# Gradient descent's ability to solve for the global minimum of $J$ depends on the learning rate, $\alpha$ and the starting value of $\theta_0$. You can try different values of $\alpha$ and $\theta_0$ to see how they affect the algorithm's ability to successfully solve for the $\theta$ that achieves the global minimum cost.
# ## Adaptive Gradient Algorithm (Adagrad)
#
# [Duchi, J., Hazan, E., and Singer, Y. Adaptive Subgradient Methods for Online Learning and Stochastic Optimization](http://stanford.edu/~jduchi/projects/DuchiHaSi10_colt.pdf)
# ### pysgd.adaptations.adagrad
# In[27]:
from pysgd.adaptations import adagrad
disp_mod(adagrad)
# Run gradient descent algorithm.
# In[28]:
theta_hist = pysgd.sgd(
theta0=np.array([0.2, 4.4]),
alpha=0.3,
adapt='adagrad',
delta_min=10**9
)
print(theta_hist.shape[0], theta_hist[1])
# Plot $J_j$ for each $\theta_j$.
# In[29]:
layout.title = 'Adaptive Gradient Descent'
fig = go.Figure(data=[surface, spec_theta_hist_trace(theta_hist)], layout=layout)
py.iplot(fig, filename='adagrad_gradient_descent')
# ## Adaptive Moment Estimation (Adam)
#
# [Kingma, D. P., & Ba, J. L. (2015). Adam: A Method for Stochastic Optimization. International Conference on Learning Representations.](https://arxiv.org/pdf/1412.6980v8.pdf)
# ### pysgd.adaptations.adam
# In[30]:
from pysgd.adaptations import adam
disp_mod(adam)
# Run gradient descent.
# In[31]:
theta_hist = pysgd.sgd(theta0=np.array([0.2, 4.4]), alpha=0.03, adapt='adam')
print(theta_hist.shape[0], theta_hist[1])
# Plot $J_j$ for each $\theta_j$.
# In[32]:
layout.title = 'Adaptive Moment Estimation'
fig = go.Figure(data=[surface, spec_theta_hist_trace(theta_hist)], layout=layout)
py.iplot(fig, filename='adam_gradient_descent')
# ## Linear Regression
# ### pysgd.objectives.linear
# In[33]:
from pysgd.objectives import linear
disp_mod(linear)
# Generate sample linear regression data.
# In[34]:
data = np.ones((100,3))
obj_theta = np.array([100, 10])
np.random.seed(4)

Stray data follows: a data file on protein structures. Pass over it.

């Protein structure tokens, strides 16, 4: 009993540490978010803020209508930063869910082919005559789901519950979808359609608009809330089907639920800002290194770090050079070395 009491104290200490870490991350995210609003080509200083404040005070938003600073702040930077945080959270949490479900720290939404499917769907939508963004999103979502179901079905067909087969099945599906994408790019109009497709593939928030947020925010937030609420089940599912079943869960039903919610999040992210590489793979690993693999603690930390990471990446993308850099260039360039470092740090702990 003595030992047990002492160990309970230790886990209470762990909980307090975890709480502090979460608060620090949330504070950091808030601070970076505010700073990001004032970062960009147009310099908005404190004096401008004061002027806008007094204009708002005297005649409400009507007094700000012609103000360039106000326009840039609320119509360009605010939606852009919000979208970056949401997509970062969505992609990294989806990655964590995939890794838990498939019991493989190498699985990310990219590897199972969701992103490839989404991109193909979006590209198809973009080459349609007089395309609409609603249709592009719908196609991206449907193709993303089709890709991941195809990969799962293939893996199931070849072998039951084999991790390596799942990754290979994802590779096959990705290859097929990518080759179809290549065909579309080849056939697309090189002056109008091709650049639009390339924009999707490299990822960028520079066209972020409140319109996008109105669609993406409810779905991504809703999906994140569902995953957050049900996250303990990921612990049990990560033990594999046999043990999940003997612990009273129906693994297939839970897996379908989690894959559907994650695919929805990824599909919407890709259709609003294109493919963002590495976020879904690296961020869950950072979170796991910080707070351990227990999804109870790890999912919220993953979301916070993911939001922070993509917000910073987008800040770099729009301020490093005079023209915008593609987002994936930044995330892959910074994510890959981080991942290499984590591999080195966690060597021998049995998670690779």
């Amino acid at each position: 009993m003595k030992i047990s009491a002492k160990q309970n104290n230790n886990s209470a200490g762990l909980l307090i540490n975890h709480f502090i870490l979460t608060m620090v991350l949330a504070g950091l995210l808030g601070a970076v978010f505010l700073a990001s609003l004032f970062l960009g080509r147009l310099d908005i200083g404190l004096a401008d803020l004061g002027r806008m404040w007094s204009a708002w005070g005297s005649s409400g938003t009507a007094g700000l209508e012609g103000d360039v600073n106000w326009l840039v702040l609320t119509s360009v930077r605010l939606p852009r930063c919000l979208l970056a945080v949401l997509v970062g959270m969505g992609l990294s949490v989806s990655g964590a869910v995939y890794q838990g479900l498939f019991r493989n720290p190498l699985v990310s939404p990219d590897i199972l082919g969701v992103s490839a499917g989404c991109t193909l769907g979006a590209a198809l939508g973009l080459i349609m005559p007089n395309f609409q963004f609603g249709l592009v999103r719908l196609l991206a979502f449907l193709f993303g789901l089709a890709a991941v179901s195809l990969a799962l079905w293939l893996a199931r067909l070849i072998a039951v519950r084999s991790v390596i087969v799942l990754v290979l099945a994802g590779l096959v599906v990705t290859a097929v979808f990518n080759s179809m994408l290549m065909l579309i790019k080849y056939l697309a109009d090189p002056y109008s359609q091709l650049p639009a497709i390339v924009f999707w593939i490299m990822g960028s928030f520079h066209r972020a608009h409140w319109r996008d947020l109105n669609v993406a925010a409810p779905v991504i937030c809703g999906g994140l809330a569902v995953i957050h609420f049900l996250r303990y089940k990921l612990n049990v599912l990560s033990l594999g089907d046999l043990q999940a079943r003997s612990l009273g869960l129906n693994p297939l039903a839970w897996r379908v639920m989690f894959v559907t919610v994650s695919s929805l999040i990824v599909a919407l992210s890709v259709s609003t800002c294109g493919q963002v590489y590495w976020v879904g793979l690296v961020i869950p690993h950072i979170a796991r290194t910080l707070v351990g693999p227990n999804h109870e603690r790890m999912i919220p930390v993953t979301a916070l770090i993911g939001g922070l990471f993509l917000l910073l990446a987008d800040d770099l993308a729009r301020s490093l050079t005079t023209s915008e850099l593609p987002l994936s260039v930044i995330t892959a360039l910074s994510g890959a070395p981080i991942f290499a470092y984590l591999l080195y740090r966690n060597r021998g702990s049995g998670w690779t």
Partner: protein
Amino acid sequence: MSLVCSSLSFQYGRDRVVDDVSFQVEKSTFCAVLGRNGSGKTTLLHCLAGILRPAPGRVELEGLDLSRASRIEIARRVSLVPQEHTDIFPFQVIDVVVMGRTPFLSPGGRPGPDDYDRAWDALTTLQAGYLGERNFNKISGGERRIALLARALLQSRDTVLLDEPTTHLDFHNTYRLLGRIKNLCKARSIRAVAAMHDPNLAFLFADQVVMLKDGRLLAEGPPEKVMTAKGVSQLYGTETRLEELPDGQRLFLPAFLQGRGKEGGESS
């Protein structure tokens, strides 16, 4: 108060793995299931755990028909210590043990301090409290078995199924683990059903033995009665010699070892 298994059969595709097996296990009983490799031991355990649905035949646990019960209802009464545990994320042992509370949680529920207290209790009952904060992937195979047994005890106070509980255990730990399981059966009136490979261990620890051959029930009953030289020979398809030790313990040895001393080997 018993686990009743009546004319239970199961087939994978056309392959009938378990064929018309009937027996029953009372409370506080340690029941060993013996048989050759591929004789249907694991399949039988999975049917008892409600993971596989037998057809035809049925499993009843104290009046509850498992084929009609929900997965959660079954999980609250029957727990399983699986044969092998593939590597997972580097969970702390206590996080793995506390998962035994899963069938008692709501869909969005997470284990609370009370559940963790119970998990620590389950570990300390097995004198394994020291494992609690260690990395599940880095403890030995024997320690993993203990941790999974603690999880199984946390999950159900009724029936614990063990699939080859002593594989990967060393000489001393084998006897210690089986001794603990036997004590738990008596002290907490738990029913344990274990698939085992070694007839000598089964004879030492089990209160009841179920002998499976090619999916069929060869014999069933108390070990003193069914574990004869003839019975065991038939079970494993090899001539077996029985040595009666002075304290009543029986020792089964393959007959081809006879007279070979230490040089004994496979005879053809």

data[:,1:1] = np.random.randint(101, size=(100,1))
data[:,1] = data[:,:1].dot(obj_theta) * np.random.uniform(0.85, 1.15, 100)
mu = np.mean(data[:,1:1], axis=0)
sigma = np.std(data[:,1:1], axis=0)
data[:,1:1] = (data[:,1:1]  mu) / sigma
# Run gradient descent algorithm.
# In[35]:
theta_hist = pysgd.sgd(
theta0=np.array([0.2, 4.4]),
alpha=0.05,
obj='linear',
data=data, delta_min=10**3
)
print(theta_hist.shape[0], theta_hist[1])
# Plot sample regression data with model parameters.
# In[36]:
plot_data = go.Scatter(
name = 'Training data',
x = data[:,1],
y = data[:,1],
mode="markers"
)
x_norm = np.ones((2, 2))
x_norm[:,1] = (np.array([0, 100])  mu) / sigma
y = x_norm.dot(theta_hist[1,:1])
plot_theta = go.Scatter(
name = 'Model',
x = x_norm[:,1],
y = y,
mode='lines'
)
layout = go.Layout(
title='Linear Regression'
)
fig = go.Figure(data=[plot_data, plot_theta], layout=layout)
py.iplot(fig, filename='lineardata')
# ## Logistic Regression
#
# With logistic regression, the dependent variable is classified, meaning it can only assume a limited number of finite values. To account for this, the cost function is modified such that predictions are always between 0 and 1.
#
# $$z = \theta^T x$$
#
# $$g(z) = \dfrac{1}{1 + e^{z}}$$
#
# $$0< h_\theta (x) = g (z) < 1$$
# ### pysgd.objectives.logistic
# In[37]:
from pysgd.objectives import logistic
disp_mod(logistic)
# Generate sample logistic regression data.
# In[38]:
data = np.ones((100,4))
data[:,1:] = np.loadtxt(open("pysgd/tests/logistic.txt","rb"),delimiter=",")
mu = np.mean(data[:,1:1], axis=0)
sigma = np.std(data[:,1:1], axis=0)
data[:,1:1] = (data[:,1:1]  mu) / sigma
# Run gradient descent algorithm.
# In[39]:
theta_hist = pysgd.sgd(theta0=np.zeros(3), alpha=0.05, obj='logistic', data=data, delta_min=10**6)
print(theta_hist.shape[0], theta_hist[1])
# Plot training data and decision boundary.
# In[40]:
plot_data = go.Scatter(
name = 'Training data',
x = data[:,1],
y = data[:,2],
mode="markers",
marker=dict(
color=data[:,1],
colorscale='Bluered',
)
)
# Plot decision boundary
x1 = np.ones((2,2))
x1[:,1] = np.array([1.8, 1.8])
x2 = x1.dot((theta_hist[1,:2] / theta_hist[1,2]))
plot_db = go.Scatter(
name = 'Decision boundary',
x = x1[:,1],
y = x2,
mode="lines"
)
layout = go.Layout(
title='Logistic Regression'
)
fig = go.Figure(data=[plot_data, plot_db], layout=layout)
py.iplot(fig, filename='logisticregression')